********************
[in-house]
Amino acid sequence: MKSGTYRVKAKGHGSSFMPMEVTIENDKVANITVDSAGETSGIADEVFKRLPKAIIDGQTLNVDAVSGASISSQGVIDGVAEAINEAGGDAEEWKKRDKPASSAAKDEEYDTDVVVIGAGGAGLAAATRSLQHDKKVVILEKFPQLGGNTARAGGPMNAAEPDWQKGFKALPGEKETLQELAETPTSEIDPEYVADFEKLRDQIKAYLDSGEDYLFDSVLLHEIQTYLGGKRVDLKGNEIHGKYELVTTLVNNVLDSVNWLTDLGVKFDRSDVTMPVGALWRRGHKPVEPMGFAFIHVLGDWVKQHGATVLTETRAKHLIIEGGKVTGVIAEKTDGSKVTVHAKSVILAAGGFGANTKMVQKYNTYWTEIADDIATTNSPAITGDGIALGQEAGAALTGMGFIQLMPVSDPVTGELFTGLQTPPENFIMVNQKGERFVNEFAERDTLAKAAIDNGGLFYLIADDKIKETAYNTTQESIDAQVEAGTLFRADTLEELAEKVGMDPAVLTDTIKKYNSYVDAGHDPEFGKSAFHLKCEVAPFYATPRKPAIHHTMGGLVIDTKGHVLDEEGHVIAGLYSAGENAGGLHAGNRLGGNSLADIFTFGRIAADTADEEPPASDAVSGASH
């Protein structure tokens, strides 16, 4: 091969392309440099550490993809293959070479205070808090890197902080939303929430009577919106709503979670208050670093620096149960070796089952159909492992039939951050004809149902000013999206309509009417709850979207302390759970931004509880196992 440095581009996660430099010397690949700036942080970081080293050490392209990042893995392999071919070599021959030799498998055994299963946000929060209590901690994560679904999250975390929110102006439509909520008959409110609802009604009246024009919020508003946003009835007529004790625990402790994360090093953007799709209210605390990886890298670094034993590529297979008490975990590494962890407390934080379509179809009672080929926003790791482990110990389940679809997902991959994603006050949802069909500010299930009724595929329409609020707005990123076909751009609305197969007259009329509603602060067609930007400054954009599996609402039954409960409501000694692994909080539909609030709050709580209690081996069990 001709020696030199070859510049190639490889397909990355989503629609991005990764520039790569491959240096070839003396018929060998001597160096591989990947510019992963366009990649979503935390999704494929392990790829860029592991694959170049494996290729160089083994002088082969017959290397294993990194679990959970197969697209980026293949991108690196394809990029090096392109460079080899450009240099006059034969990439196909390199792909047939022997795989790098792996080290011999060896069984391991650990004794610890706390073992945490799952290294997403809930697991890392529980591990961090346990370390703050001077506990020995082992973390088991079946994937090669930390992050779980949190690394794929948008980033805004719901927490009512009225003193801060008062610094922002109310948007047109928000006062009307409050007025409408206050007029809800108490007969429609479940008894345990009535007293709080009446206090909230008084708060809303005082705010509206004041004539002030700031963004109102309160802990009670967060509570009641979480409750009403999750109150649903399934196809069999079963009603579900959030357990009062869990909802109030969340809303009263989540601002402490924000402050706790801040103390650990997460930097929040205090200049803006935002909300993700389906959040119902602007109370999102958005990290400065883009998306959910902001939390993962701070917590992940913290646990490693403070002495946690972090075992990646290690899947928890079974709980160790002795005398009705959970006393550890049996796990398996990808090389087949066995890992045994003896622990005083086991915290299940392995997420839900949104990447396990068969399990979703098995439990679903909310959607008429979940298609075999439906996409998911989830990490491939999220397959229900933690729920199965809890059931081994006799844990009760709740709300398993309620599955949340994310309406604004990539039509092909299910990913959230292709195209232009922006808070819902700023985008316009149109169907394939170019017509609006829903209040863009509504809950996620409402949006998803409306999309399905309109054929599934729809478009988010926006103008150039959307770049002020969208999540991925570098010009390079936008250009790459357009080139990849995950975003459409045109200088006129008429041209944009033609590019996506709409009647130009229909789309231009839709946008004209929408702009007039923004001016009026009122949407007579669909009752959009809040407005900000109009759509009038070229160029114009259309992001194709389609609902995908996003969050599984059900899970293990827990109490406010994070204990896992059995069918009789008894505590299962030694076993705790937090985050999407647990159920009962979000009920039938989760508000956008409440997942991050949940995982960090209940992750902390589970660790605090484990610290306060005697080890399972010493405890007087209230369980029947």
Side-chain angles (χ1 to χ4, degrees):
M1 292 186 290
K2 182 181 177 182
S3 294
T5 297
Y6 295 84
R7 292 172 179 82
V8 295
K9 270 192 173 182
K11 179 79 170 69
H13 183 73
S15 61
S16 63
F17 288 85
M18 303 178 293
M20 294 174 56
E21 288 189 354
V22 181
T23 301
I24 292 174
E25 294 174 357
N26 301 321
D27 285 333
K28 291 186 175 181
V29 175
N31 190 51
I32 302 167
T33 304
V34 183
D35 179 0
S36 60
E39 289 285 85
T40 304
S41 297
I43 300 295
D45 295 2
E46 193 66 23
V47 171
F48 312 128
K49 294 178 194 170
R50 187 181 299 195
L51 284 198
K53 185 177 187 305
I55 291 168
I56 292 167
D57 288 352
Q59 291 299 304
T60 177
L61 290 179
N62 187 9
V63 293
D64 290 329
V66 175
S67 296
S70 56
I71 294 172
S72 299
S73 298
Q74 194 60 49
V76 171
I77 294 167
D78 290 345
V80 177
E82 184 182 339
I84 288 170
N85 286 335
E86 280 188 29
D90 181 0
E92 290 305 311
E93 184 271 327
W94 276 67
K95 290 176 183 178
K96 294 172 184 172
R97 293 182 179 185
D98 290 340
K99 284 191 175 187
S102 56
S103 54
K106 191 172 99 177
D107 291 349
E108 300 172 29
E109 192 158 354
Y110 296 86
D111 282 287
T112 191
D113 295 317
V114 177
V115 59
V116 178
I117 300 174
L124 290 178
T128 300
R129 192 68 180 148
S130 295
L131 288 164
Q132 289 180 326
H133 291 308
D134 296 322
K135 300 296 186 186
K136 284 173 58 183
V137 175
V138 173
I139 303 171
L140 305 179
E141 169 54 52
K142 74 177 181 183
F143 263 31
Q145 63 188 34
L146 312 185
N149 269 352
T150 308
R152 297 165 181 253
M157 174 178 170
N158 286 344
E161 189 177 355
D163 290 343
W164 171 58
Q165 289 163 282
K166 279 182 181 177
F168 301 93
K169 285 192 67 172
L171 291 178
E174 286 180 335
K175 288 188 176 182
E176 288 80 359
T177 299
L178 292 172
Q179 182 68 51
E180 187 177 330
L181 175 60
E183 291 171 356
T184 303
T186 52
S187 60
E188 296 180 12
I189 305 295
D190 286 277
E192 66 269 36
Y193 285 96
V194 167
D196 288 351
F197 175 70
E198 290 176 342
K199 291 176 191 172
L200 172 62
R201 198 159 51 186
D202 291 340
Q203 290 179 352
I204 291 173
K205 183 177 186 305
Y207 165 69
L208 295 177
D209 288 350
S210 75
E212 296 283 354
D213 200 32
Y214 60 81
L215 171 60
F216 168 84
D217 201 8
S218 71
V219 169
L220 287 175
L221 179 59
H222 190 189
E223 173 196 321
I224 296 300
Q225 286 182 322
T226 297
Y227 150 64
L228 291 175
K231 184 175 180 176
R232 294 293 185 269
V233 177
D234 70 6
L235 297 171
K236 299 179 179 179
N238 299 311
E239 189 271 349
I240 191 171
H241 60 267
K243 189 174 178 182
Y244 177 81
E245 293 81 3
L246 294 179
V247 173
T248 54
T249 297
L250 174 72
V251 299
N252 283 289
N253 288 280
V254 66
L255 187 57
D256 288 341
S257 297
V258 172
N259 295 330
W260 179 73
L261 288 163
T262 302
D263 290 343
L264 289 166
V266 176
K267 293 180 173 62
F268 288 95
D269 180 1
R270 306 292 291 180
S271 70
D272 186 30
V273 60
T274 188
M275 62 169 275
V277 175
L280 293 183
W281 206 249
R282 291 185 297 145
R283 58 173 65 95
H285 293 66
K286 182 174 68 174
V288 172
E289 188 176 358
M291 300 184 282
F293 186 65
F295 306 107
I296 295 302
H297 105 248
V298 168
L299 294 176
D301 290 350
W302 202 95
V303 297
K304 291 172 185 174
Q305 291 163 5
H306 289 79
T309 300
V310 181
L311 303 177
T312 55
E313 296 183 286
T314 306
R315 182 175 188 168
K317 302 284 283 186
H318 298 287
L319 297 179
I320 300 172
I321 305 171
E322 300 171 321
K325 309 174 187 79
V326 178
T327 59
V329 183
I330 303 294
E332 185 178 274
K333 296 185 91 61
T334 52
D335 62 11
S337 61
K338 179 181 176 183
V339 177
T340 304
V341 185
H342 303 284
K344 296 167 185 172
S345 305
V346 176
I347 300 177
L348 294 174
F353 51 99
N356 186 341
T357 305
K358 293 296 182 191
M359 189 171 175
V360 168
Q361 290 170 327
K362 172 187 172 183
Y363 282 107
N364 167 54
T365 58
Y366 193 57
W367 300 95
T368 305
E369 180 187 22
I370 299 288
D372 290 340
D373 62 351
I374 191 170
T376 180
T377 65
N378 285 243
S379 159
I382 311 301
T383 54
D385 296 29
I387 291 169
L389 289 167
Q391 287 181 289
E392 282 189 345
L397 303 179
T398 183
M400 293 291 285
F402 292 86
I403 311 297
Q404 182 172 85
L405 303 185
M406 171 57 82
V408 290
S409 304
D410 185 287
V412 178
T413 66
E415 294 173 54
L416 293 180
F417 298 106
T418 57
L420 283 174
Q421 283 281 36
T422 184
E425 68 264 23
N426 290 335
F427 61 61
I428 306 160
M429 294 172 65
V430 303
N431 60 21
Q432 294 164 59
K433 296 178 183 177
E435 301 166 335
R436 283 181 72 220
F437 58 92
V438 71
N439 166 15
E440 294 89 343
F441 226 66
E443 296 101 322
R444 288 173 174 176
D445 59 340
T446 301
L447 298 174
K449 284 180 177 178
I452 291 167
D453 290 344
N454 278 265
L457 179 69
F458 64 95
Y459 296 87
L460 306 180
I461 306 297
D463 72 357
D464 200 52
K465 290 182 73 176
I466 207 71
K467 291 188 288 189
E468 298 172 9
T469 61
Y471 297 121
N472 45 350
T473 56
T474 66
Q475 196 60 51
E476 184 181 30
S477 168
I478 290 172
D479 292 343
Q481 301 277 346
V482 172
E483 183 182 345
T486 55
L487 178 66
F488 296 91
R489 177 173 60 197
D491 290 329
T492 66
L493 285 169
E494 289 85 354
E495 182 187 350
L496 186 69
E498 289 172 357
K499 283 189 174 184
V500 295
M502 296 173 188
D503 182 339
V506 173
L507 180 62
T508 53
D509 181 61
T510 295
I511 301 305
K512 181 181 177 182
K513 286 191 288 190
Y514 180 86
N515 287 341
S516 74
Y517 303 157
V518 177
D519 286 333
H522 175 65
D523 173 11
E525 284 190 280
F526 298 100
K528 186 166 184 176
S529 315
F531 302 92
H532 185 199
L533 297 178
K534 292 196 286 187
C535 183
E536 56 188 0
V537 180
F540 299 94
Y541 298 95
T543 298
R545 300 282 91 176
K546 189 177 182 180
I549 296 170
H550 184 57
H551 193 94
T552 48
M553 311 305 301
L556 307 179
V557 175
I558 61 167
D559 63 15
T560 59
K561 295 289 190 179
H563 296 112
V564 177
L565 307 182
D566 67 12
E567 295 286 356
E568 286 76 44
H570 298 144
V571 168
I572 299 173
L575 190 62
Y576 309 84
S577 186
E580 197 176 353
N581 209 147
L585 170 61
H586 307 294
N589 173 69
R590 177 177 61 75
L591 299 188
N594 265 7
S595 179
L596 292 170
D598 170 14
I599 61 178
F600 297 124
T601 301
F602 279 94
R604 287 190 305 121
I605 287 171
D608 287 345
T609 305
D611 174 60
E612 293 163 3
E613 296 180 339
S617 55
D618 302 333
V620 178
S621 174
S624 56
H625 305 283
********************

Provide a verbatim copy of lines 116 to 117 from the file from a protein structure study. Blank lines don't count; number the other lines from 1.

M157 174 178 170
N158 286 344